While I do not personally know Abby, I have been following her story and seen her comments and interviews. I would much rather be sailing on any sea with her than with a majority of the boaters I deal with constantly on the waters of our country. Even at 16 she is more “professional” and prepared and knowledgeable than 90% of those out on the water around the world today. She is well trained and well prepared for this circumnavigation. And in my opinion as a maritime professional, for a bunch of armchair landlubber motormouths with a computer to be condemning her parents is absurd. I for one am proud of her and would gladly sail on any sea in the company of such a mature and well trained sailor.
    I know many professional “captains” who are not as prepared as she is, and the credit goes to her parents for raising such a mature and capable daughter.

    • collapse expand

      Thanks for the thoughtful comment … it’s good to hear feedback from somebody in the sailing/sea world (I travel by ferry and do some kayaking but that’s about it). As far as being an “armchair landlubber motormouth” (ha!), I was speaking purely as a mom, and of course it’s from my perspective, so no … I wouldn’t allow it. The Sunderlands are obviously an adventurous family, and good on them for living life in the adrenaline lane. It’s just not for me, nothing more, nothing less.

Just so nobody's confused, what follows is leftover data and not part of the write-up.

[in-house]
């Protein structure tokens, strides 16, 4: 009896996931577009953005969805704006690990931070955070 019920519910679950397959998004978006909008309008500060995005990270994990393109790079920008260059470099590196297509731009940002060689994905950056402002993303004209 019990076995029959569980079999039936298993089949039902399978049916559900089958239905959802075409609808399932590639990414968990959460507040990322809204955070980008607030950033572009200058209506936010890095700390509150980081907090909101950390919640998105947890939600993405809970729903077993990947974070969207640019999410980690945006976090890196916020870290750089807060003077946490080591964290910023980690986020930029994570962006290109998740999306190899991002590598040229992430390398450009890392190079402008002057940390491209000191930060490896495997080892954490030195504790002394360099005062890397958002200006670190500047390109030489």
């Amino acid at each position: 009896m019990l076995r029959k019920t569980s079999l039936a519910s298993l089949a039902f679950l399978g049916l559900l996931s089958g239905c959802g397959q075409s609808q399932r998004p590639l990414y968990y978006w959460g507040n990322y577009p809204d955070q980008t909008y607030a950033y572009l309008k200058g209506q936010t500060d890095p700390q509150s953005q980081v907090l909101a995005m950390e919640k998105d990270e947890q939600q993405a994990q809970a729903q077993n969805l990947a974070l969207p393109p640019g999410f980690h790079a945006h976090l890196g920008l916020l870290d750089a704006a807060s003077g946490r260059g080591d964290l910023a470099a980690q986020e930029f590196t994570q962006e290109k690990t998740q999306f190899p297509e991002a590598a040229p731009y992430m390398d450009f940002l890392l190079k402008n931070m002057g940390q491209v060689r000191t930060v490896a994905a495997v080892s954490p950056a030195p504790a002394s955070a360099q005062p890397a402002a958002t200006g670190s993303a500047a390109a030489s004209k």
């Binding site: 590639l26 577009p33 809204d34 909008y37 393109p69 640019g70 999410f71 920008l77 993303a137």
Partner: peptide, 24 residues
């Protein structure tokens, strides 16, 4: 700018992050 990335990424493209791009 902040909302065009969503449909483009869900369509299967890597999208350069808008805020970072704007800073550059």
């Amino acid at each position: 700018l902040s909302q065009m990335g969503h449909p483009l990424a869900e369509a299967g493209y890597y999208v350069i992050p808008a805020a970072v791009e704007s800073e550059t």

In response to another comment. See in context »
      • collapse expand

        I’m with you, Sue. What worries me about this adventure is that it was originally billed as her attempt to be the youngest person to sail the world solo. So there was a fame/Guinness Book of World Records aspect to this decision, similar to the 13-year-old kid who recently successfully climbed Everest, that was condoned by her parents. And that, I think, is the wrong motivation. What was the rush to do this? If she’s that good a sailor, wouldn’t a few more years of seasoning and maturity have been wise? If she did this at the age of majority, it would have been her own decision. But clearly it was not.